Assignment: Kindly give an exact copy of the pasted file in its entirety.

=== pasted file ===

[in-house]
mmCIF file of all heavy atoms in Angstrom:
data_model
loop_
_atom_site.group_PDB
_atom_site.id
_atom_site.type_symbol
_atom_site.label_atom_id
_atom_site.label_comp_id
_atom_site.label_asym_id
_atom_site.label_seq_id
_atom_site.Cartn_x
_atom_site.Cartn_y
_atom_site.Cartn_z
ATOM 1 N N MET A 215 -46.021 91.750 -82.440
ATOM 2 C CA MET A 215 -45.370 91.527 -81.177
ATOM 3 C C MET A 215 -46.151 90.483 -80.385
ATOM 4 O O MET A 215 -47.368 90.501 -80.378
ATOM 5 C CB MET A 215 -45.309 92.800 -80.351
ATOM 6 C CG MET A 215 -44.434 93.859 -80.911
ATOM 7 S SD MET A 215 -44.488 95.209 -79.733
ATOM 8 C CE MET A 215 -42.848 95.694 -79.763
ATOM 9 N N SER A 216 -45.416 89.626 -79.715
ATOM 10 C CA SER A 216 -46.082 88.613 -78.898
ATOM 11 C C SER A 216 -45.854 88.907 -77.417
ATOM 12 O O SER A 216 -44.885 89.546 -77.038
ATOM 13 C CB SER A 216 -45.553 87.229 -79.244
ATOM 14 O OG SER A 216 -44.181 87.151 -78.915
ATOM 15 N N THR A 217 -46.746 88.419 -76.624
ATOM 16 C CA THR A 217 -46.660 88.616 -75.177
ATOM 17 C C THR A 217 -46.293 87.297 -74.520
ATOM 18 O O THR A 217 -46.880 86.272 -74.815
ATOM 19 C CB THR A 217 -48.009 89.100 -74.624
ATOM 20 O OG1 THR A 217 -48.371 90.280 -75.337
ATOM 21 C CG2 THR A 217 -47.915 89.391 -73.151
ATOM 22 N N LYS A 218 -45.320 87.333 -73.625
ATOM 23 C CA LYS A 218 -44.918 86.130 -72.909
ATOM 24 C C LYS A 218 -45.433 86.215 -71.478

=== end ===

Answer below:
[in-house]
mmCIF file of all heavy atoms in Angstrom:
data_model
loop_
_atom_site.group_PDB
_atom_site.id
_atom_site.type_symbol
_atom_site.label_atom_id
_atom_site.label_comp_id
_atom_site.label_asym_id
_atom_site.label_seq_id
_atom_site.Cartn_x
_atom_site.Cartn_y
_atom_site.Cartn_z
ATOM 1 N N MET A 215 -46.021 91.750 -82.440
ATOM 2 C CA MET A 215 -45.370 91.527 -81.177
ATOM 3 C C MET A 215 -46.151 90.483 -80.385
ATOM 4 O O MET A 215 -47.368 90.501 -80.378
ATOM 5 C CB MET A 215 -45.309 92.800 -80.351
ATOM 6 C CG MET A 215 -44.434 93.859 -80.911
ATOM 7 S SD MET A 215 -44.488 95.209 -79.733
ATOM 8 C CE MET A 215 -42.848 95.694 -79.763
ATOM 9 N N SER A 216 -45.416 89.626 -79.715
ATOM 10 C CA SER A 216 -46.082 88.613 -78.898
ATOM 11 C C SER A 216 -45.854 88.907 -77.417
ATOM 12 O O SER A 216 -44.885 89.546 -77.038
ATOM 13 C CB SER A 216 -45.553 87.229 -79.244
ATOM 14 O OG SER A 216 -44.181 87.151 -78.915
ATOM 15 N N THR A 217 -46.746 88.419 -76.624
ATOM 16 C CA THR A 217 -46.660 88.616 -75.177
ATOM 17 C C THR A 217 -46.293 87.297 -74.520
ATOM 18 O O THR A 217 -46.880 86.272 -74.815
ATOM 19 C CB THR A 217 -48.009 89.100 -74.624
ATOM 20 O OG1 THR A 217 -48.371 90.280 -75.337
ATOM 21 C CG2 THR A 217 -47.915 89.391 -73.151
ATOM 22 N N LYS A 218 -45.320 87.333 -73.625
ATOM 23 C CA LYS A 218 -44.918 86.130 -72.909
ATOM 24 C C LYS A 218 -45.433 86.215 -71.478